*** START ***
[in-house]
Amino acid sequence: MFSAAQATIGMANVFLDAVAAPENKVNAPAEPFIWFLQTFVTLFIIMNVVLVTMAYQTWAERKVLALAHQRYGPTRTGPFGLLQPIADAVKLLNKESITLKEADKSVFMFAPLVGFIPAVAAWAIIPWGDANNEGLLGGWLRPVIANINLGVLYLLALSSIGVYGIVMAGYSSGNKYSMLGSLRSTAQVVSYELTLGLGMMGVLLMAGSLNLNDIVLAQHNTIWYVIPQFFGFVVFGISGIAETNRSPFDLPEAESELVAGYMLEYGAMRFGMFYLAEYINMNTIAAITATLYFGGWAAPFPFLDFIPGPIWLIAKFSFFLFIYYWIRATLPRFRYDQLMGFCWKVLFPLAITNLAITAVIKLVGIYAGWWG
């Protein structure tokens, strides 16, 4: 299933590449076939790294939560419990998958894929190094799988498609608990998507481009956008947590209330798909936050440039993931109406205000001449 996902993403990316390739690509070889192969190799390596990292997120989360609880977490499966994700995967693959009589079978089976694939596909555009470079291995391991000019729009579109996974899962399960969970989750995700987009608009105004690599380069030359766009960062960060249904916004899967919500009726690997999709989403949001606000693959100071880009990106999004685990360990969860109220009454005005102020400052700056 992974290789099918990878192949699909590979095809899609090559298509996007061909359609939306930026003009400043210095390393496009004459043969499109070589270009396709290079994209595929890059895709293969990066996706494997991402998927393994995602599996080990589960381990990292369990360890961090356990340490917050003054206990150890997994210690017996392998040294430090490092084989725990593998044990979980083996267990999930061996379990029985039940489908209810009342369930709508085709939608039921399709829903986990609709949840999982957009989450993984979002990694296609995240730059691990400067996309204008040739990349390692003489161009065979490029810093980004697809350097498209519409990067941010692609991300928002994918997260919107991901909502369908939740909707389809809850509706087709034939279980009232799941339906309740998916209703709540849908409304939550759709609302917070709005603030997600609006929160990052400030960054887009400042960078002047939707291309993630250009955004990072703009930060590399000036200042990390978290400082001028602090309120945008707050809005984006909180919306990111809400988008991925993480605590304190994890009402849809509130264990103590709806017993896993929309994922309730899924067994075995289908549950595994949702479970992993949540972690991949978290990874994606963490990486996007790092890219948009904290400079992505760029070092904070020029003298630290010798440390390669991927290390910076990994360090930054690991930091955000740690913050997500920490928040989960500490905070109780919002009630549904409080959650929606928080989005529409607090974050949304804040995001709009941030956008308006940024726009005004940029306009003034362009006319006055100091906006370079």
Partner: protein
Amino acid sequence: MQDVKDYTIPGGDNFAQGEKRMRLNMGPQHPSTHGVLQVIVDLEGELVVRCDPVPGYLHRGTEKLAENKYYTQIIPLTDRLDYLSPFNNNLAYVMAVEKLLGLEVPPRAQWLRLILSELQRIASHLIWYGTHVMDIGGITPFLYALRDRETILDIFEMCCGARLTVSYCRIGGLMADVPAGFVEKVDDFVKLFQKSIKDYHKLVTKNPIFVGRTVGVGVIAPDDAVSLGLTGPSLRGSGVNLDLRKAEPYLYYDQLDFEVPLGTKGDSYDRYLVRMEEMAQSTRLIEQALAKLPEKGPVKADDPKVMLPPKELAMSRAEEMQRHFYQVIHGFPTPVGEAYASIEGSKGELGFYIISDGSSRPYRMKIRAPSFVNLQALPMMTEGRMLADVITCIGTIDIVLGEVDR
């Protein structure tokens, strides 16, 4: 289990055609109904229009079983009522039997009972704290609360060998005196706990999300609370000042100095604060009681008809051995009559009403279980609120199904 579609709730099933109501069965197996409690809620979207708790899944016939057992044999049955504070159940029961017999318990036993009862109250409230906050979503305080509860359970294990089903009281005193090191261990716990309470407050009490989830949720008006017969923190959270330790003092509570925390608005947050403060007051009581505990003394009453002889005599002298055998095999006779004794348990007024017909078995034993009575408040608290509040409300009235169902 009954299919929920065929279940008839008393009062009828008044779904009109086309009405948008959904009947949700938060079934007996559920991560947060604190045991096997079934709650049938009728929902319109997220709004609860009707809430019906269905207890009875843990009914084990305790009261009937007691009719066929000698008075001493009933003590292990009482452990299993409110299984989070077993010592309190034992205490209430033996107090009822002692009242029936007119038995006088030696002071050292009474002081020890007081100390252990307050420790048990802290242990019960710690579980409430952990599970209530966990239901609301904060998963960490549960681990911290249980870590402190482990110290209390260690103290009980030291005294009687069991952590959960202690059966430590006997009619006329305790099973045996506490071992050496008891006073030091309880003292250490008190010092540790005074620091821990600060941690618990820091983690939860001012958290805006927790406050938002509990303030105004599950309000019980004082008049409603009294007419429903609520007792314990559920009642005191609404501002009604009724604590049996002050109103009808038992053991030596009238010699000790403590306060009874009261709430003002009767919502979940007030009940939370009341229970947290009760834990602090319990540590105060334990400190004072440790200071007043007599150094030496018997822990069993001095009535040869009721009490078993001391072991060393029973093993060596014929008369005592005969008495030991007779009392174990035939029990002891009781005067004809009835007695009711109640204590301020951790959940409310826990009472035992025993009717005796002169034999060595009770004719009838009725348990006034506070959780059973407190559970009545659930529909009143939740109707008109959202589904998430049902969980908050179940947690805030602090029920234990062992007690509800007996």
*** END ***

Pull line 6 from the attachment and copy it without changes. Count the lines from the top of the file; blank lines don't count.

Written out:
């Protein structure tokens, strides 16, 4: 289990055609109904229009079983009522039997009972704290609360060998005196706990999300609370000042100095604060009681008809051995009559009403279980609120199904 579609709730099933109501069965197996409690809620979207708790899944016939057992044999049955504070159940029961017999318990036993009862109250409230906050979503305080509860359970294990089903009281005193090191261990716990309470407050009490989830949720008006017969923190959270330790003092509570925390608005947050403060007051009581505990003394009453002889005599002298055998095999006779004794348990007024017909078995034993009575408040608290509040409300009235169902 009954299919929920065929279940008839008393009062009828008044779904009109086309009405948008959904009947949700938060079934007996559920991560947060604190045991096997079934709650049938009728929902319109997220709004609860009707809430019906269905207890009875843990009914084990305790009261009937007691009719066929000698008075001493009933003590292990009482452990299993409110299984989070077993010592309190034992205490209430033996107090009822002692009242029936007119038995006088030696002071050292009474002081020890007081100390252990307050420790048990802290242990019960710690579980409430952990599970209530966990239901609301904060998963960490549960681990911290249980870590402190482990110290209390260690103290009980030291005294009687069991952590959960202690059966430590006997009619006329305790099973045996506490071992050496008891006073030091309880003292250490008190010092540790005074620091821990600060941690618990820091983690939860001012958290805006927790406050938002509990303030105004599950309000019980004082008049409603009294007419429903609520007792314990559920009642005191609404501002009604009724604590049996002050109103009808038992053991030596009238010699000790403590306060009874009261709430003002009767919502979940007030009940939370009341229970947290009760834990602090319990540590105060334990400190004072440790200071007043007599150094030496018997822990069993001095009535040869009721009490078993001391072991060393029973093993060596014929008369005592005969008495030991007779009392174990035939029990002891009781005067004809009835007695009711109640204590301020951790959940409310826990009472035992025993009717005796002169034999060595009770004719009838009725348990006034506070959780059973407190559970009545659930529909009143939740109707008109959202589904998430049902969980908050179940947690805030602090029920234990062992007690509800007996």